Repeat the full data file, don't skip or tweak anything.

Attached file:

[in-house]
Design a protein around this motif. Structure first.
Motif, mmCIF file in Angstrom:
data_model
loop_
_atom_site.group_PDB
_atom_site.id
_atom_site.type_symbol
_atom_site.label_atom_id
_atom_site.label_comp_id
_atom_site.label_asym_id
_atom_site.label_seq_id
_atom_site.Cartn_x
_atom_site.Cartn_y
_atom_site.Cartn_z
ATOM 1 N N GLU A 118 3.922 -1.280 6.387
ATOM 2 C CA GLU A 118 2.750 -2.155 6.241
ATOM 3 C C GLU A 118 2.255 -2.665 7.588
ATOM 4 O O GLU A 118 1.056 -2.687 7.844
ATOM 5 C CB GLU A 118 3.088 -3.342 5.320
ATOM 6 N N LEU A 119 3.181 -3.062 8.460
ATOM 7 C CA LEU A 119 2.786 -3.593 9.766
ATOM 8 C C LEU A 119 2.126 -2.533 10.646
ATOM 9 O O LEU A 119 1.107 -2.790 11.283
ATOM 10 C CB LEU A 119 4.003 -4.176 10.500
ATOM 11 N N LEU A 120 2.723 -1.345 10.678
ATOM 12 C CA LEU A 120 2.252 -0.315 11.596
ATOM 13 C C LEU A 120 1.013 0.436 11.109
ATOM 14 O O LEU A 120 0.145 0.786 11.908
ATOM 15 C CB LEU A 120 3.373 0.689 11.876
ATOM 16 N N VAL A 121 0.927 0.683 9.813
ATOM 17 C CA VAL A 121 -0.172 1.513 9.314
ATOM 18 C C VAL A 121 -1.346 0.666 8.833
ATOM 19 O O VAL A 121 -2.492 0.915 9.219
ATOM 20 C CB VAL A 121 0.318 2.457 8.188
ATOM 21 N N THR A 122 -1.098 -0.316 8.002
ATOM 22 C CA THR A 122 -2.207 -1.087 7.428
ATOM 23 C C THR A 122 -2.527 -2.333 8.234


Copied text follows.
[in-house]
Design a protein around this motif. Structure first.
Motif, mmCIF file in Angstrom:
data_model
loop_
_atom_site.group_PDB
_atom_site.id
_atom_site.type_symbol
_atom_site.label_atom_id
_atom_site.label_comp_id
_atom_site.label_asym_id
_atom_site.label_seq_id
_atom_site.Cartn_x
_atom_site.Cartn_y
_atom_site.Cartn_z
ATOM 1 N N GLU A 118 3.922 -1.280 6.387
ATOM 2 C CA GLU A 118 2.750 -2.155 6.241
ATOM 3 C C GLU A 118 2.255 -2.665 7.588
ATOM 4 O O GLU A 118 1.056 -2.687 7.844
ATOM 5 C CB GLU A 118 3.088 -3.342 5.320
ATOM 6 N N LEU A 119 3.181 -3.062 8.460
ATOM 7 C CA LEU A 119 2.786 -3.593 9.766
ATOM 8 C C LEU A 119 2.126 -2.533 10.646
ATOM 9 O O LEU A 119 1.107 -2.790 11.283
ATOM 10 C CB LEU A 119 4.003 -4.176 10.500
ATOM 11 N N LEU A 120 2.723 -1.345 10.678
ATOM 12 C CA LEU A 120 2.252 -0.315 11.596
ATOM 13 C C LEU A 120 1.013 0.436 11.109
ATOM 14 O O LEU A 120 0.145 0.786 11.908
ATOM 15 C CB LEU A 120 3.373 0.689 11.876
ATOM 16 N N VAL A 121 0.927 0.683 9.813
ATOM 17 C CA VAL A 121 -0.172 1.513 9.314
ATOM 18 C C VAL A 121 -1.346 0.666 8.833
ATOM 19 O O VAL A 121 -2.492 0.915 9.219
ATOM 20 C CB VAL A 121 0.318 2.457 8.188
ATOM 21 N N THR A 122 -1.098 -0.316 8.002
ATOM 22 C CA THR A 122 -2.207 -1.087 7.428
ATOM 23 C C THR A 122 -2.527 -2.333 8.234